AMD’s Earnings: We Have Not Peaked

AMD reported strong fourth quarter earnings today that even company chairman Hector Ruiz said were “even a bit more than we expected.”

Driven by strong corporate sales of its Opteron processor for servers, AMD reported quarterly earnings of 45 cents a share — 19 cents above estimates — and sales of $1.84 billion topped $1.65 billion forecasts. AMD’s chip microprocessor revenues of $1.35 billion beat estimates by 10%, and while the company predicted “flat to slightly down” sales for the March quarter, that would still be well above $1.39 billion expectations.

In a conference call with analysts AMD declined to break out percentages but said its growth was headed by server chip sales, followed by mobile and desktop systems.

It was clear AMD took some satisfaction in following market leader Intel’s relatively gloomy earnings report Tuesday. Ruiz said “there is no doubt there is a production struggle at our competitor,” and later said AMD’s recent results and forecasts were impressive considering it’s “brutal and opportunistic competitor.”

Commenting on AMD’s gains, Merrill Lynch’s semiconductor analyst Joe Osha said “I don’t think I’ve ever seen competitive momentum swing like this.”

On the customer front, AMD reported systems based on its 64-bit processors were being used by 90 percent of the top 100 and more than 45 percent of the top 500 in the Forbes list of Global 2000 companies or their subsidiaries. Recent additions included American International Group (AIG), Albertson’s Clear Channel Communications and Nisan Motor Co. Ruiz also said that eBay had purchased hundreds of Sun’s latest Sunfire servers based on Opteron to bolster its search capabilities.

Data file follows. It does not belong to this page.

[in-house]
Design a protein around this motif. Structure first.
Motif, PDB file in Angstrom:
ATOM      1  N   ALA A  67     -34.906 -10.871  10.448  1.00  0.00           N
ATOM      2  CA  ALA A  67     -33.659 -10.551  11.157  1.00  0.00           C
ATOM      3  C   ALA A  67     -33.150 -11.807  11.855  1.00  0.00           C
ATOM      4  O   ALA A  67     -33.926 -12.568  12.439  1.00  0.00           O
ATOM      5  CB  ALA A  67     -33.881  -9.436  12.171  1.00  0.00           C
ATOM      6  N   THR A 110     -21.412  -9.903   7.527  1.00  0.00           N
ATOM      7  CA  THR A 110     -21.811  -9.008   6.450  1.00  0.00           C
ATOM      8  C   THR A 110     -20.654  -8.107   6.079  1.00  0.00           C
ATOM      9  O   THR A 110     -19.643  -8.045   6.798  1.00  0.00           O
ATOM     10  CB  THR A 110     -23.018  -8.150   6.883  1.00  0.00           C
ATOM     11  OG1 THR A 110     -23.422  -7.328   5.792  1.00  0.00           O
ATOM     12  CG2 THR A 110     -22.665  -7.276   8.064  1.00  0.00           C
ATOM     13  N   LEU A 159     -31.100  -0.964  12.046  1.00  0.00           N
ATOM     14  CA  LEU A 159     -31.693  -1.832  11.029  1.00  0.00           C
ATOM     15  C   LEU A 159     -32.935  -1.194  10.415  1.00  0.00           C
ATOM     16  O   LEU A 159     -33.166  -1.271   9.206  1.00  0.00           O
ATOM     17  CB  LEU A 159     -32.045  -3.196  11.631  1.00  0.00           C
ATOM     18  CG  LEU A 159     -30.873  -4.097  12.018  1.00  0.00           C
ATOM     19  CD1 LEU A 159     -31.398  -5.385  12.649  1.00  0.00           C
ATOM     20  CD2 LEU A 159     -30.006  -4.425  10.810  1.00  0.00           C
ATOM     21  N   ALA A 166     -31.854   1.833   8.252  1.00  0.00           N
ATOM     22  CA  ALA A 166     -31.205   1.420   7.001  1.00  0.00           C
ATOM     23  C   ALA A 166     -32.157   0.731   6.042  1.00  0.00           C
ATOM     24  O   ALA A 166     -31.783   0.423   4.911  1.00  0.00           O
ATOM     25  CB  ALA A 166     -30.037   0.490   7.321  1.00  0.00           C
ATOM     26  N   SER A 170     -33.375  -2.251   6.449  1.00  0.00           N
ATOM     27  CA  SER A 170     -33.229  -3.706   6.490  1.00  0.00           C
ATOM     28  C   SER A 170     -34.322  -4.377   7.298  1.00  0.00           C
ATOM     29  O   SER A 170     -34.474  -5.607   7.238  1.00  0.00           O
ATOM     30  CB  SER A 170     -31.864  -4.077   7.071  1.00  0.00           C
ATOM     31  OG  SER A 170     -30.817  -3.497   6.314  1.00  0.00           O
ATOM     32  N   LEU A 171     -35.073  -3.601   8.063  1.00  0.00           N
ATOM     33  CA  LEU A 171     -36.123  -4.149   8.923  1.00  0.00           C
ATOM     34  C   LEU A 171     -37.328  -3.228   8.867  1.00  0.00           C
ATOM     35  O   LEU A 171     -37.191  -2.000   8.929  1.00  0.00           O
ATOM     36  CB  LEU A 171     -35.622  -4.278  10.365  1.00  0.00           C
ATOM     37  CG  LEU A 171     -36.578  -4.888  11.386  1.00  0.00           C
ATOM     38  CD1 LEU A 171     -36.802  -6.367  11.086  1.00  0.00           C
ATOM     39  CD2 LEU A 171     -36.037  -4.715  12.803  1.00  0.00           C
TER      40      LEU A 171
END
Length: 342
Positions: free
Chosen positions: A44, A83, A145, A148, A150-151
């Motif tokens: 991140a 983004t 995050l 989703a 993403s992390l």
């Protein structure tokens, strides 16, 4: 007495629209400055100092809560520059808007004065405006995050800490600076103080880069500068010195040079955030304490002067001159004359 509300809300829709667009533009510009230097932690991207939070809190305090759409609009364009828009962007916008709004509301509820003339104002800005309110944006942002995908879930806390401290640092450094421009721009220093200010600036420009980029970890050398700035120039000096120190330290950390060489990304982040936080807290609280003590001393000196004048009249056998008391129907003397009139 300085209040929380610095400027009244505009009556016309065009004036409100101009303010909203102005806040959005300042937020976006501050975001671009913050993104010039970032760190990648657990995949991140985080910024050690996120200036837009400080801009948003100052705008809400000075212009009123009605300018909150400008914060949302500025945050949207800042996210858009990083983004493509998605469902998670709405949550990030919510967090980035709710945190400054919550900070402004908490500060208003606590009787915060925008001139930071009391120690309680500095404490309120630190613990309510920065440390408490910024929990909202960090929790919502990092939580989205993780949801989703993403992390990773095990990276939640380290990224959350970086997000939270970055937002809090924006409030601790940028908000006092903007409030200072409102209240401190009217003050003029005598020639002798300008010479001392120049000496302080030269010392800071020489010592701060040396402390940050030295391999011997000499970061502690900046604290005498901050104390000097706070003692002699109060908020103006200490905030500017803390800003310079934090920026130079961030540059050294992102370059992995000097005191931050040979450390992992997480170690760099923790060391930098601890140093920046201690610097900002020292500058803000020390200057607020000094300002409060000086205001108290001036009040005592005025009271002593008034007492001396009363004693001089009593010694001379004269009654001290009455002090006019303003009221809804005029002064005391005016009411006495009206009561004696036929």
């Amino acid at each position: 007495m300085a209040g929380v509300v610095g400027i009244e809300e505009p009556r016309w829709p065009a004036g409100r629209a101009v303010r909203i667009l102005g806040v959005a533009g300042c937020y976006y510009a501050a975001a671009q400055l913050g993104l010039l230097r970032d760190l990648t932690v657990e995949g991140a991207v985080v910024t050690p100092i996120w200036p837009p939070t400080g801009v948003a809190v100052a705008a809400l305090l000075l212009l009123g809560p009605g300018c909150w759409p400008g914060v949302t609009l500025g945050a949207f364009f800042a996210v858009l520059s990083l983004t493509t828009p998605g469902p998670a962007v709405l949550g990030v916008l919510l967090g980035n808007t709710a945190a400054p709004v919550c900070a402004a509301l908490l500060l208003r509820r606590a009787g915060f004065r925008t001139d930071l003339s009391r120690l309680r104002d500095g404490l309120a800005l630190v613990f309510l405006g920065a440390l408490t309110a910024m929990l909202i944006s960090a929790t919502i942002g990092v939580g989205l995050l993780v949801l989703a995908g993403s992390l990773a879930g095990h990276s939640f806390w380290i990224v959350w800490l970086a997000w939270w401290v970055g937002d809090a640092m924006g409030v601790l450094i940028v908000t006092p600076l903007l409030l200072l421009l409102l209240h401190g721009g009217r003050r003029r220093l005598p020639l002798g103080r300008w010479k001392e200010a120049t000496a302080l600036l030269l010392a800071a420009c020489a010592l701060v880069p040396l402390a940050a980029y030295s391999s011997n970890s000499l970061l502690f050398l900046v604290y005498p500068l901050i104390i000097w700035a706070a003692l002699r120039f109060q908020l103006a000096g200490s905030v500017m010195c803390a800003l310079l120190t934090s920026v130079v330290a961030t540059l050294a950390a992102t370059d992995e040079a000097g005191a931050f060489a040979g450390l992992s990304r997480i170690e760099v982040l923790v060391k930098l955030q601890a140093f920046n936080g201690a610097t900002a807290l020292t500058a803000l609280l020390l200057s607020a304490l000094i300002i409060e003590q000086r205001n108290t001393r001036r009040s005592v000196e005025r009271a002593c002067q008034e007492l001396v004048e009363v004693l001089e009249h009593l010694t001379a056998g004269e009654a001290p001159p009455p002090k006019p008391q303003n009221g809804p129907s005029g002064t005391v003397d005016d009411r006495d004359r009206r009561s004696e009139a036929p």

“We have not peaked,” declared Ruiz. “We are poised and ready to gain more market share and grow at twice the rate of the rest of the industry.”

For the coming year Ruiz said AMD expects to double the number of processors sold to corporate customers versus in 2005. He said sales of Opteron for the enterprise have been widely underestimated, and that AMD plans to broaden the number of Opteron-based solutions for corporate customers in the coming year.

“We’ve always said our strategy is to penetrate the enterprise with strong server products and that’s been happening. Now the focus for 2006 is winning in the commercial space with clients.”

AMD had earlier set a goal of gaining as much as 30 percent of the overall market by 2008 or 2009. Ruiz said AMD is moving methodically forward to reaching that quarter by quarter.

AMD noted that part of its financial results based on the operations of Spansion as a subsidiary go only through December 20, 2005. The flash memory joint venture with Fujitsu had a successful IPO in December.

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